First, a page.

Sep 25, 2018

Scoop: The DOJ's full Rod Rosenstein exit statement

Photo: Alex Wong/Getty Images

The full text of the Rod Rosenstein exit statement, drafted by Justice Department spokeswoman Sarah Isgur Flores in the voice of Attorney General Jeff Sessions and sent to the White House Monday morning, has been reviewed by Axios.

Its veracity has been confirmed by three sources close to the White House with direct knowledge.

Rod Rosenstein has served the Department of Justice with dedication and skill for 28 years. His contributions are many and significant. We all appreciate his service and sincerely wish him well.
Matt Whitaker, my Chief of Staff for the last year, will instill confidence and uphold the integrity of the Department as the second highest law enforcement officer in the Nation.
Finally, I am confident that Noel Francisco will oversee the special counsel with a commitment to justice as Acting Attorney General for this matter. As I have said before, the American people deserve an expeditious resolution of this investigation consistent with the rule of law.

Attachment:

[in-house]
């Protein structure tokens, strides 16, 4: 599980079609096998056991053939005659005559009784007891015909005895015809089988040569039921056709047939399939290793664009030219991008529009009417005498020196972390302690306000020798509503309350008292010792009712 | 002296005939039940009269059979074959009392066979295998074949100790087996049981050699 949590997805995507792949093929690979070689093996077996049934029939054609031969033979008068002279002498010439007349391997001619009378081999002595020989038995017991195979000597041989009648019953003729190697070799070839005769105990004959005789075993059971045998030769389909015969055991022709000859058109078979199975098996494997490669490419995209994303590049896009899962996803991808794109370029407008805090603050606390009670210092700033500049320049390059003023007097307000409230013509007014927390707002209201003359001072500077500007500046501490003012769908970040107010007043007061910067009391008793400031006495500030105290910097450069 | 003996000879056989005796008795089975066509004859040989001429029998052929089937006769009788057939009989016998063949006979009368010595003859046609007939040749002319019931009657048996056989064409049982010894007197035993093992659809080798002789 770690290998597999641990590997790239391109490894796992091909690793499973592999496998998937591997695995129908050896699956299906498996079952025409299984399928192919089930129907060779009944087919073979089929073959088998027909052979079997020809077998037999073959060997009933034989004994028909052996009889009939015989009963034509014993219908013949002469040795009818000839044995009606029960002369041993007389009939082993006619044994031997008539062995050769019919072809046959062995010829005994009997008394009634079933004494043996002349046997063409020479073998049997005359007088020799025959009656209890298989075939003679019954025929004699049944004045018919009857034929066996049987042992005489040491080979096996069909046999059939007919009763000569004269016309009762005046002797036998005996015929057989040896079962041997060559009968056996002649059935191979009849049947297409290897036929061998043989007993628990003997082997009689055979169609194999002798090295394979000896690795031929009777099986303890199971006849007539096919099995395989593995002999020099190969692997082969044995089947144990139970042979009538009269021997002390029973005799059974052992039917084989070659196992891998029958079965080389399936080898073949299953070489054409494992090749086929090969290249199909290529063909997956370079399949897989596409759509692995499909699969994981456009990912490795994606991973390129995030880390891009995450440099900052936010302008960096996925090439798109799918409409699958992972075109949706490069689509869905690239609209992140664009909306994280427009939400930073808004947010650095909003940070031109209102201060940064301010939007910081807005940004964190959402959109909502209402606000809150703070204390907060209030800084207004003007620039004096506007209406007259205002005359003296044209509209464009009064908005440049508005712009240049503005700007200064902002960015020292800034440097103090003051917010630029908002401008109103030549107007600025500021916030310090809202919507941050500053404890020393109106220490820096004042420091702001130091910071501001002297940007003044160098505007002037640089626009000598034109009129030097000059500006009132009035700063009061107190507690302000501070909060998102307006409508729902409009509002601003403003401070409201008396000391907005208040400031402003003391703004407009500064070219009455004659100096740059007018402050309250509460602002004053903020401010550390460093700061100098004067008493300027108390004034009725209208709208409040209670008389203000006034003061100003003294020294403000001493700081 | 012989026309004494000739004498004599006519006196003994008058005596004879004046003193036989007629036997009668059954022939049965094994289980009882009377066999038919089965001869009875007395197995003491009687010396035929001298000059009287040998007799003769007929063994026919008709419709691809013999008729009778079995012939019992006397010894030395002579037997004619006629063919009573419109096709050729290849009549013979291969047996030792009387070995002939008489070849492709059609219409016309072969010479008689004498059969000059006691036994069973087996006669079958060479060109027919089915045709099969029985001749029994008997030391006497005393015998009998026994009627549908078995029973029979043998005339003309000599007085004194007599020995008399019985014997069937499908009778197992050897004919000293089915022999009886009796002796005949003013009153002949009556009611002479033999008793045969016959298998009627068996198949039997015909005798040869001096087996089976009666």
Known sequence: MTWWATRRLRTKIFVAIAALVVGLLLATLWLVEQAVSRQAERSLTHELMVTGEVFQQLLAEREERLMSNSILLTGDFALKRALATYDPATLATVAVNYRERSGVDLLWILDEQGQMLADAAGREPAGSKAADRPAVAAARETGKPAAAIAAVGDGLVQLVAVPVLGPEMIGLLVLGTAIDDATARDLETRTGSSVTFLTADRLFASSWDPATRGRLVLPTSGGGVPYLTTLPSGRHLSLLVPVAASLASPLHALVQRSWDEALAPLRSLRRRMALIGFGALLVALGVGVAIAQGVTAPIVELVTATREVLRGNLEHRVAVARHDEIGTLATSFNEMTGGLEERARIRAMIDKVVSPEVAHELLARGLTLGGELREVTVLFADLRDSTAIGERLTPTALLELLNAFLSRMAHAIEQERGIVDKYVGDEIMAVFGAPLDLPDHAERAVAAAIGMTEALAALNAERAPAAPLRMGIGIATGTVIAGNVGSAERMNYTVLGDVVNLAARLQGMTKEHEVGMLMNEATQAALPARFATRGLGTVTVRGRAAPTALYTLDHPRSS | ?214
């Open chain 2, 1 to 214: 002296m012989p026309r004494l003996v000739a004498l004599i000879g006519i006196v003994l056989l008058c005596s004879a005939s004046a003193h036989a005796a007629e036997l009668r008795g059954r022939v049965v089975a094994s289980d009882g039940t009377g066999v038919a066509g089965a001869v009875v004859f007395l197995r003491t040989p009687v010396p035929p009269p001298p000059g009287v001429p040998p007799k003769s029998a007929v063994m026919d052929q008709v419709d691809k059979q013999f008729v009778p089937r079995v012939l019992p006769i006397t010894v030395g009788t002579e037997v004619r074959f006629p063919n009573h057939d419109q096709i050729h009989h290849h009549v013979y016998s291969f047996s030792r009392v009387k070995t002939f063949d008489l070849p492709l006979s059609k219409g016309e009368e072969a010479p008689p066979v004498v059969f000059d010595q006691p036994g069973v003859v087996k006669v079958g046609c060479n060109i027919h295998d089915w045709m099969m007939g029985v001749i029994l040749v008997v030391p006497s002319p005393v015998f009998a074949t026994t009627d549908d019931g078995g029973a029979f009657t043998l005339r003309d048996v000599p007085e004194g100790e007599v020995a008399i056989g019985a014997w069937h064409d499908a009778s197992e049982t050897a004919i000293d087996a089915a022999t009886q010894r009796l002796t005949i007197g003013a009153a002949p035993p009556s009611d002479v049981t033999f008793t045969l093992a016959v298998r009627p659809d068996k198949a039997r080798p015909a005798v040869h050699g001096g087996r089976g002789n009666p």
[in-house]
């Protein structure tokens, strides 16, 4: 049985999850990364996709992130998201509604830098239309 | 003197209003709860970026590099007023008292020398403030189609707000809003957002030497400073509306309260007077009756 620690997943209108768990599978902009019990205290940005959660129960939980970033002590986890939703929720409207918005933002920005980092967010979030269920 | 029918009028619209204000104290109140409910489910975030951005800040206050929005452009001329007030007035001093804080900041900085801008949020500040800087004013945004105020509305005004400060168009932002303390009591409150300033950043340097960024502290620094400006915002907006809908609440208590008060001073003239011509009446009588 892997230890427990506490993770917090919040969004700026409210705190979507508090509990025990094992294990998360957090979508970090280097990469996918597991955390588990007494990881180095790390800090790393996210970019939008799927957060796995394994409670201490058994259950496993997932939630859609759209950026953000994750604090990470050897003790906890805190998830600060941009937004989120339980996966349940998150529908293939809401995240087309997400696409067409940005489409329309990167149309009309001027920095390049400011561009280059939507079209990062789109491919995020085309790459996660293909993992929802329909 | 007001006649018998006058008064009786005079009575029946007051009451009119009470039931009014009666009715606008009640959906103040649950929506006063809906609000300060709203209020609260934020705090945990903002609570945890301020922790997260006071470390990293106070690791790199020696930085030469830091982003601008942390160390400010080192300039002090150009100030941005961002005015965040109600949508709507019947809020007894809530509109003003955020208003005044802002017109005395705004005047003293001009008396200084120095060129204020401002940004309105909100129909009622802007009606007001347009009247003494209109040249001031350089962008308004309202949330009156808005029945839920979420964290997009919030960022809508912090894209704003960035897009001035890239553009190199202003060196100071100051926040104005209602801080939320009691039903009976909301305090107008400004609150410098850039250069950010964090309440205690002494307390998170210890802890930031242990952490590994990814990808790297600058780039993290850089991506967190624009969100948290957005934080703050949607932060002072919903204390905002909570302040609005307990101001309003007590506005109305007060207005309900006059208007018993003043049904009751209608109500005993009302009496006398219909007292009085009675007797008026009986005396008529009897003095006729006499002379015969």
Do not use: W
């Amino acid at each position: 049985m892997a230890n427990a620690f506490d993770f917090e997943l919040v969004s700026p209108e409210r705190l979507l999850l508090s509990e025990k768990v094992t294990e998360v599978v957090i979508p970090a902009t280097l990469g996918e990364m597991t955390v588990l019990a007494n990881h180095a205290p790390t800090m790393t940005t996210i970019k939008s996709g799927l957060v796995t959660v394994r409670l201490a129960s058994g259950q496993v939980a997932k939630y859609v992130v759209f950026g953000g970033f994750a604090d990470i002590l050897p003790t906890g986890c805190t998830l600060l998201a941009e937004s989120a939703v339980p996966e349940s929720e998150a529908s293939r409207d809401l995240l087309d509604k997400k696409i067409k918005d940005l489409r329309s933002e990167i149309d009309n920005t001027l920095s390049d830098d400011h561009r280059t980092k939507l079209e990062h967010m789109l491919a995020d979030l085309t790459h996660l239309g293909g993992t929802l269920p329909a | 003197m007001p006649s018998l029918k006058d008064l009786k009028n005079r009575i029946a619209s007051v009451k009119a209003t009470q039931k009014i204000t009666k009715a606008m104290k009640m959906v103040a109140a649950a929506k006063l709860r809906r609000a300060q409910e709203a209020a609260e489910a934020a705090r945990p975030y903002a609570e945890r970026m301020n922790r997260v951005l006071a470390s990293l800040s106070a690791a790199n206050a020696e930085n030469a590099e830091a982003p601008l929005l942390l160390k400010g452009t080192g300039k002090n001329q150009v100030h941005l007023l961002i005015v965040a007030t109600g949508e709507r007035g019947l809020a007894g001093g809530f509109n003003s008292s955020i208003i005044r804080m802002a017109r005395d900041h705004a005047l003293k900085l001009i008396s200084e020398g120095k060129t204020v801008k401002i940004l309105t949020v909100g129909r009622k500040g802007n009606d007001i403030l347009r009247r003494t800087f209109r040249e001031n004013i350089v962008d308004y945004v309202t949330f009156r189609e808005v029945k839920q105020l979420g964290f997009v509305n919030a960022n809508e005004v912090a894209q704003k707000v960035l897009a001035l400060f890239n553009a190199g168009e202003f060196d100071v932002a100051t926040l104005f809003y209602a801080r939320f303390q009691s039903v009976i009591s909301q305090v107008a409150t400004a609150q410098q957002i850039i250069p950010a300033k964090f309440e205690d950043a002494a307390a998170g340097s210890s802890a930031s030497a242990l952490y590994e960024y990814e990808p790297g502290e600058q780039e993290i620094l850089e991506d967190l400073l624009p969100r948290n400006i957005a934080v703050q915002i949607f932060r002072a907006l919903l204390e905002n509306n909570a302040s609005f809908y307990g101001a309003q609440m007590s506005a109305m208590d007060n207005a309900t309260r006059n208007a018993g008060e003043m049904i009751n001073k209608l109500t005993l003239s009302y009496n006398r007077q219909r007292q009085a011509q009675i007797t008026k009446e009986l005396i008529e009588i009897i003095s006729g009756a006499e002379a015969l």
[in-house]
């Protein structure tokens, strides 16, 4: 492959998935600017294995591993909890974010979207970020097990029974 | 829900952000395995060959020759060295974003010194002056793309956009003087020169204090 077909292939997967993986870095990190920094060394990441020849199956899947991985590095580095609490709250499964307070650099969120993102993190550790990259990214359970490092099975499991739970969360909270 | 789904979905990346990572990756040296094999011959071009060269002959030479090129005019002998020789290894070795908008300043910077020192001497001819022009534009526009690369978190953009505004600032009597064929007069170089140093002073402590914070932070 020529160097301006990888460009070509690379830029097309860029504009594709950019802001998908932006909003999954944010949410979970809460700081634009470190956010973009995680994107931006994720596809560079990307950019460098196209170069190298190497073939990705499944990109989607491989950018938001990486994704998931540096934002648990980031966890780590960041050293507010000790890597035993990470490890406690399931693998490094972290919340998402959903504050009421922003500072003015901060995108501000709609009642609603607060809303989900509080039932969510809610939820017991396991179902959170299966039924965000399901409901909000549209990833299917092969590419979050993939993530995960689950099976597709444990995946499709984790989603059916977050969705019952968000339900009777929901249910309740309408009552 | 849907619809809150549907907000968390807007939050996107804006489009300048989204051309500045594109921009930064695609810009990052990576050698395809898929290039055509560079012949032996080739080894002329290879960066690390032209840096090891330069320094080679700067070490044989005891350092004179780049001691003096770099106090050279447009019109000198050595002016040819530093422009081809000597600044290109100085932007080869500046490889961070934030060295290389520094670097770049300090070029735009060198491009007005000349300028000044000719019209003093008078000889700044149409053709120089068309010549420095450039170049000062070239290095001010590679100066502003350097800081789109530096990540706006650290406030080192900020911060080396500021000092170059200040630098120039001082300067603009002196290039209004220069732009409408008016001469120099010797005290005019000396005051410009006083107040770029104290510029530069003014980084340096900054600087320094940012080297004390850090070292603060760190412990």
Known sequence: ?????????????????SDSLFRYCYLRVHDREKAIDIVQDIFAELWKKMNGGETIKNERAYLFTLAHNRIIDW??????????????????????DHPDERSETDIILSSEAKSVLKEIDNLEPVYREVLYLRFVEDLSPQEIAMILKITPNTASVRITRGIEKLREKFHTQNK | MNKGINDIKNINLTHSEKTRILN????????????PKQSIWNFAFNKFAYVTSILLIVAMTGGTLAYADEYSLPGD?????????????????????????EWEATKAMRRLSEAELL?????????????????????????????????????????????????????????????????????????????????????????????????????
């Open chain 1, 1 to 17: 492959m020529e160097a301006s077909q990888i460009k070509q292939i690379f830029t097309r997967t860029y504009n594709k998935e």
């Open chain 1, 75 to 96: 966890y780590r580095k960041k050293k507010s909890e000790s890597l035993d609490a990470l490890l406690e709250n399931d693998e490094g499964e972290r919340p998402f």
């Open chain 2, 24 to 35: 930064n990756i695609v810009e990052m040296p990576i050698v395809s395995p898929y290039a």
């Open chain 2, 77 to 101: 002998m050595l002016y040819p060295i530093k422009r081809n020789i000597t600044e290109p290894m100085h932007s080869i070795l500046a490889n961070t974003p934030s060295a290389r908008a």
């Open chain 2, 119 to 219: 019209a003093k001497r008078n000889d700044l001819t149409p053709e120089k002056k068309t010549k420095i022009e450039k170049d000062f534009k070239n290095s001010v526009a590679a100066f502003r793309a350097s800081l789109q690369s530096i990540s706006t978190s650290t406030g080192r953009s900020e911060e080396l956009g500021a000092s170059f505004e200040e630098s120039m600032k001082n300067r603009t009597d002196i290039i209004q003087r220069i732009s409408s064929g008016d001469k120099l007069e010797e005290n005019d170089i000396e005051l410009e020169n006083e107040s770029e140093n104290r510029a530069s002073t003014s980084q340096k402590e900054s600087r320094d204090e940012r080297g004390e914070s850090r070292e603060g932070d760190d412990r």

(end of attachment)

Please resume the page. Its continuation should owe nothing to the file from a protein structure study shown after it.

The bottom line: Rosenstein offered his resignation to White House Chief of Staff John Kelly on Friday and reiterated his willingness to resign over the weekend. He was working with the White House on the terms of his departure, and the plan was to make it public on Monday. After Axios published its story — which conveyed too much certainty to a fluid situation by presenting Rosenstein's resignation as a done deal — chaos ensued and Rosenstein appeared to reverse course.

What I don't yet know: How exactly the conversation between Rosenstein and Kelly changed on Monday. I don't know what terms he had demanded and how, if at all, his demands changed from Friday to Monday. As of now, it's possible that he remains Deputy Attorney General for the foreseeable future. He meets with President Trump on Thursday.

Important context: Trump has long been fed up with Rosenstein, and sources close to the president have told Axios for months that he would love to find a politically advantageous way to get rid of him.

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